Famous Catalan conjecture implies that difference of power is 1 for only trivial solutions. One can generalize this and ask

For given constant $c$, is a difference of two perfect power $c$ for only finitely often?

This is likely to be true and has a name followed by Generalized Catalan conjecture.

Difference of perfect power had several more interesting questions, such as Fermat-Catalan conjecture and many other Diophantine equations.

Given this point of view, one can ask more about the distribution of the difference of two perfect powers.

Now here is my question.

Is difference of two perfect power a prime infinitely often?

Notice that difference of two perfect power can be $4k+1$ because $(2k+1)^2-2k^2=4k+1$. Since there are infinitely many primes in form of $4k+1$, It is trivial in this sense. So I would instead ask,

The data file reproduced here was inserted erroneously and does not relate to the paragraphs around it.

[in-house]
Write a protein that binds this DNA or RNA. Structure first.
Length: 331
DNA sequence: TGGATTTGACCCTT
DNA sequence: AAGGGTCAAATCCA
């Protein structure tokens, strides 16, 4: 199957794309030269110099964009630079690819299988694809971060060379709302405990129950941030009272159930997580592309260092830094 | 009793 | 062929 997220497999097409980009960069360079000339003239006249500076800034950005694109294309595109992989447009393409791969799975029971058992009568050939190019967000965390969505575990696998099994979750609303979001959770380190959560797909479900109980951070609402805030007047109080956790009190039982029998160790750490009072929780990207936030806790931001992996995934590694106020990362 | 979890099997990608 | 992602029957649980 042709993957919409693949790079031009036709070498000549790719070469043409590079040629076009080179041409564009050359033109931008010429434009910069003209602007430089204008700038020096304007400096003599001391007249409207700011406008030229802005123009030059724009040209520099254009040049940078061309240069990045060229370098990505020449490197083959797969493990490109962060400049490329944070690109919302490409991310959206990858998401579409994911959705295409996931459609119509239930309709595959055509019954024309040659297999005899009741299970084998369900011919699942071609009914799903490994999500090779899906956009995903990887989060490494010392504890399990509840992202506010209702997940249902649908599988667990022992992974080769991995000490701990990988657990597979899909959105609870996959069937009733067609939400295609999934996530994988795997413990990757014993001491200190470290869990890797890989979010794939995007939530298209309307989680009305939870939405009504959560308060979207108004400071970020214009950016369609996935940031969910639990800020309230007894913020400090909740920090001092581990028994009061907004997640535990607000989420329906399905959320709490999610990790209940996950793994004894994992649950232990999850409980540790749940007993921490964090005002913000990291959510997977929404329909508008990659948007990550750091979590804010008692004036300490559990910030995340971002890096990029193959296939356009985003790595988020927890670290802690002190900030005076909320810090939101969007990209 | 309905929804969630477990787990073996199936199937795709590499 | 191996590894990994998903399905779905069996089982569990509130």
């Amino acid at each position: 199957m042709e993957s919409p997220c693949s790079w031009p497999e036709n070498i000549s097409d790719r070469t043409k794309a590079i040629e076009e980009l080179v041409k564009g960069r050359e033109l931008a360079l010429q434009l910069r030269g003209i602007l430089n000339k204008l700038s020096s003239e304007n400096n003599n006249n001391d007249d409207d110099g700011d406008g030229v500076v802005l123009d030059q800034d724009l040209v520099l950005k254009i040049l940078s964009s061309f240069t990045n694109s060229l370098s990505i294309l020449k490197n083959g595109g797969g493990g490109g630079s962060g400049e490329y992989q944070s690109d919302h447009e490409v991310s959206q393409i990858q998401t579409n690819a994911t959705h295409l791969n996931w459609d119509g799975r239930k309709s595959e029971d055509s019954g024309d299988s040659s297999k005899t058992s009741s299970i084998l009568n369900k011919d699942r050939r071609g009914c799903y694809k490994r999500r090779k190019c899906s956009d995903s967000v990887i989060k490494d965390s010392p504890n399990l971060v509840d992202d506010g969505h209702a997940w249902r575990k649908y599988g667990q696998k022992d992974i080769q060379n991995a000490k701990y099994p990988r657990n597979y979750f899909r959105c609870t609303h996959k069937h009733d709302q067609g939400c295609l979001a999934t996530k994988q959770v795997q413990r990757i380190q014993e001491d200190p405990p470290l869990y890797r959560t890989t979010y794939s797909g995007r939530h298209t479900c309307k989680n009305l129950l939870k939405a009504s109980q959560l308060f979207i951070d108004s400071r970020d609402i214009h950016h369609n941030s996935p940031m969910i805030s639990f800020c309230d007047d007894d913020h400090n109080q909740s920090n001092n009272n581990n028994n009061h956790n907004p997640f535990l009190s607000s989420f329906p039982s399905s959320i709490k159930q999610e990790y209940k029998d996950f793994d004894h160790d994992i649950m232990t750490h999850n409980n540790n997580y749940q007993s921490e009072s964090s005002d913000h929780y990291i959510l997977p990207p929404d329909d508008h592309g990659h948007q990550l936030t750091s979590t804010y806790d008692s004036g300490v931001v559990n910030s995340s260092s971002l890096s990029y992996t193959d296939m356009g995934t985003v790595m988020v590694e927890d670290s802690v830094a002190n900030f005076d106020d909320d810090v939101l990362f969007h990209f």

Is difference of two perfect powers (that are not squares) a prime infinitely often?

I also notice that $k^3-1$ is squarefree infinitely often, so that will answer the case if one asks the easier variation of this question and replace prime with squarefree.

Are there any tries or results with this sortof topics? Thanks.

  • $\begingroup$ Are the exponents of the perfect powers arbitary ? $\endgroup$ – Peter Apr 3 '18 at 8:56
  • $\begingroup$ The Bunyakovsky-conjecture for example implies that there are infinite many positive integers $n$, such that $n^5-3^3=n^5-27$ is prime. $\endgroup$ – Peter Apr 3 '18 at 9:00
  • $\begingroup$ Yeah they are arbitrary. They just have to be a perfect power that is not square. $\endgroup$ – Simo Ryu Apr 3 '18 at 9:01
  • $\begingroup$ I also know that there are a lot of stronger version of this conjecture, such as the one you mentioned. But they are far more difficult to answer because I'm asking for all kinds of polynomials possible. $\endgroup$ – Simo Ryu Apr 3 '18 at 9:04
  • $\begingroup$ I do not know whether it can be proven, but I am pretty sure that the answer is yes. $\endgroup$ – Peter Apr 3 '18 at 9:04

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